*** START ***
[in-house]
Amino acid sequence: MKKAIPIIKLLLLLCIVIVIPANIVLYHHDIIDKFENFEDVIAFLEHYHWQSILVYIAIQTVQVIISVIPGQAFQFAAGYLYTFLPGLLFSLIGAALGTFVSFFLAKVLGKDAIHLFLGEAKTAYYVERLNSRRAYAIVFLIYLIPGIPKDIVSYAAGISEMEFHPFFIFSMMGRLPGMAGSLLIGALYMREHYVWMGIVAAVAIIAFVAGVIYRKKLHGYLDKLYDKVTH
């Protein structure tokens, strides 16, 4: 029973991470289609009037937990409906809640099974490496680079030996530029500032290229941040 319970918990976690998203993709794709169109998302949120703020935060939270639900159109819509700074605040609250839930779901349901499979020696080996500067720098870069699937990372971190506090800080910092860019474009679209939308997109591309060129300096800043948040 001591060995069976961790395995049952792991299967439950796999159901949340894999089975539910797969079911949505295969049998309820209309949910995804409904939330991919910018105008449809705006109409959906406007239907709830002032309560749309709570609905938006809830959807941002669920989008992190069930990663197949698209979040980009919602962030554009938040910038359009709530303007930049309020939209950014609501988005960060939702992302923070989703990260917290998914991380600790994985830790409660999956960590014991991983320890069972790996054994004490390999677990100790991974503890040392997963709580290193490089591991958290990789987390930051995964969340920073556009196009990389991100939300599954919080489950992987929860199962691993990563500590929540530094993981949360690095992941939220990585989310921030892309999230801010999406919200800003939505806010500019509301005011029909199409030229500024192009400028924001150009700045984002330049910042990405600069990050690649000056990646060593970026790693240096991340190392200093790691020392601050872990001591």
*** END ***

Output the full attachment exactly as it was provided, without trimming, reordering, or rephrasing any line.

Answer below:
[in-house]
Amino acid sequence: MKKAIPIIKLLLLLCIVIVIPANIVLYHHDIIDKFENFEDVIAFLEHYHWQSILVYIAIQTVQVIISVIPGQAFQFAAGYLYTFLPGLLFSLIGAALGTFVSFFLAKVLGKDAIHLFLGEAKTAYYVERLNSRRAYAIVFLIYLIPGIPKDIVSYAAGISEMEFHPFFIFSMMGRLPGMAGSLLIGALYMREHYVWMGIVAAVAIIAFVAGVIYRKKLHGYLDKLYDKVTH
């Protein structure tokens, strides 16, 4: 029973991470289609009037937990409906809640099974490496680079030996530029500032290229941040 319970918990976690998203993709794709169109998302949120703020935060939270639900159109819509700074605040609250839930779901349901499979020696080996500067720098870069699937990372971190506090800080910092860019474009679209939308997109591309060129300096800043948040 001591060995069976961790395995049952792991299967439950796999159901949340894999089975539910797969079911949505295969049998309820209309949910995804409904939330991919910018105008449809705006109409959906406007239907709830002032309560749309709570609905938006809830959807941002669920989008992190069930990663197949698209979040980009919602962030554009938040910038359009709530303007930049309020939209950014609501988005960060939702992302923070989703990260917290998914991380600790994985830790409660999956960590014991991983320890069972790996054994004490390999677990100790991974503890040392997963709580290193490089591991958290990789987390930051995964969340920073556009196009990389991100939300599954919080489950992987929860199962691993990563500590929540530094993981949360690095992941939220990585989310921030892309999230801010999406919200800003939505806010500019509301005011029909199409030229500024192009400028924001150009700045984002330049910042990405600069990050690649000056990646060593970026790693240096991340190392200093790691020392601050872990001591």